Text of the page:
Thursday, September 22, 2016

Joanne Chang's Famous Banana Bread

         We were having a house guest we knew started each day with a banana.  So I dutifully brought a bunch of bananas home from the supermarket.  I am not one to strip corn or pull apart bunches of bananas in any grocery store and so I arrived home with 6 bananas that cost all of about 60 cents.  The houseguest stayed only one night and Andrew was quick to point we had a lot of bananas on hand. They slowly browned on the kitchen counter.  Brown bananas are an invitation to make Banana Bread.  And since they were a regular part of tea with my Canadian mother, I knew the bread couldn’t have been all that hard to make since my mother considered any time spent in the kitchen was time away from doing absolutely anything else.  You name it and she would have rather done it than step foot in her kitchen. But she was also a paragon of thrift so no ripe banana would have gone unused. 

Monday, September 19, 2016

Meatless Monday Perfected: A Virgin Patty Melt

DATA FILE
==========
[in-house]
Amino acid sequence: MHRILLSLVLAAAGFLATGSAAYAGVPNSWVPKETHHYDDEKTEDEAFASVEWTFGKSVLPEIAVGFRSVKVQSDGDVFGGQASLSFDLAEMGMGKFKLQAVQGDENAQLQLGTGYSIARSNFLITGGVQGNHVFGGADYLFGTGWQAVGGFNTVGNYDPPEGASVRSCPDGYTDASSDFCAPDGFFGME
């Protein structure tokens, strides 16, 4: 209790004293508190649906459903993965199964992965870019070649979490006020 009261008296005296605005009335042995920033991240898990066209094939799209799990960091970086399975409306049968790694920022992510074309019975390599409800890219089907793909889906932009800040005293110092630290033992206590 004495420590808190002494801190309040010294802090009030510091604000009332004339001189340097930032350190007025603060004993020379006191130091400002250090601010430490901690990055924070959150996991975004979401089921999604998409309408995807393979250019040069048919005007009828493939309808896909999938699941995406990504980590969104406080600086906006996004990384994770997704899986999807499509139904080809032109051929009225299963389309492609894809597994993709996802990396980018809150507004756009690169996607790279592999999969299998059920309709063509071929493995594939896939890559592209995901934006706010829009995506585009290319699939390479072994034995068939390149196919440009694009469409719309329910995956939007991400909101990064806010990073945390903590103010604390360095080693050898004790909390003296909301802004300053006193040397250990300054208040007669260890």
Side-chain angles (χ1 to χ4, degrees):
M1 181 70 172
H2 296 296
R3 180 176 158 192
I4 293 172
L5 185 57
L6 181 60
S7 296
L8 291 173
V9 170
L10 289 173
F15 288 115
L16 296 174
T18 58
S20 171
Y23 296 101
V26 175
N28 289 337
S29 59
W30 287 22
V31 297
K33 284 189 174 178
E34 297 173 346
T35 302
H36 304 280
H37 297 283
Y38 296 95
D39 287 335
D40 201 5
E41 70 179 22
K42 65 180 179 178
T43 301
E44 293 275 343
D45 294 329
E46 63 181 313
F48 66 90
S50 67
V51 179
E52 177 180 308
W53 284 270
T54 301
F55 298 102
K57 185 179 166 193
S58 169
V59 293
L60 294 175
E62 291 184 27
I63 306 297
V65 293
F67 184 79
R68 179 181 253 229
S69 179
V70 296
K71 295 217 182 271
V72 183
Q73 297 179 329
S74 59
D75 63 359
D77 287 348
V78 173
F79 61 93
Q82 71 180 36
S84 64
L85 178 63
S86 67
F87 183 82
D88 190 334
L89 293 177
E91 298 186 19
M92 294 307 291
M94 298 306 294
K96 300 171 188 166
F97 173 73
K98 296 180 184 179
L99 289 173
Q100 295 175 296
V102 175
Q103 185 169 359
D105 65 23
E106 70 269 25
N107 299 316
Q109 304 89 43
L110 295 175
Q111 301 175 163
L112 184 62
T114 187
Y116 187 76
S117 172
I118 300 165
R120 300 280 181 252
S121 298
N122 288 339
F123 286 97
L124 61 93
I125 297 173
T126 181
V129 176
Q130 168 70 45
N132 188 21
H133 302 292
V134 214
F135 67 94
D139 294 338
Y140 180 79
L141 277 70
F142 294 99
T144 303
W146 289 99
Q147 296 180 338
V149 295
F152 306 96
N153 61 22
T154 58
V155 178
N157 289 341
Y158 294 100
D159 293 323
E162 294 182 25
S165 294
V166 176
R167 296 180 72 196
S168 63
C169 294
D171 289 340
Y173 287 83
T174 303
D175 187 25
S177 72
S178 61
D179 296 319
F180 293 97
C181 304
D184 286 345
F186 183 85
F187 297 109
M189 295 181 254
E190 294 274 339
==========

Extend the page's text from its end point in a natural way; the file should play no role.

My Meaty Patty Melt, the recipe is linked here.
         From my very first taste of a Patty Melt, I was hooked.  Cheese-y, Onion-y, Buttery and of course Meaty, the earthy odor of Rye bread rises from the crisp package of ingredients that seem meant for each other. I was smitten at a Friendly’s Restaurant in Rhode Island when I went there for College.  And for years I’ve made pilgrimages to Friendly’s for just that one dish.  A couple of years ago, Friendly’s collapsed and closed all but a few of its restaurants. I almost collapsed with it.  Fortunately, I was able to find a local substitute at a restaurant called Little Estia  (1615 Sag Harbor Turnpike, Sag Harbor NY 11963 Tel:(631) 725-1045.  It’s called a Freddy Melt and while it’s light on the caramelized onions essential to a Patty Melt, it will do in pinch.  And there’s always the option of making one at home…see  My fierce devotion to the Patty Melt drew me to Sam Sifton’s recent Sunday Times Magazine article called “Patty Party”.  There, next to the left of my pride and joy sat a second sandwich, described by Sifton as ‘its modern vegetarian cousin’.  I couldn’t wait to get into the kitchen to try it.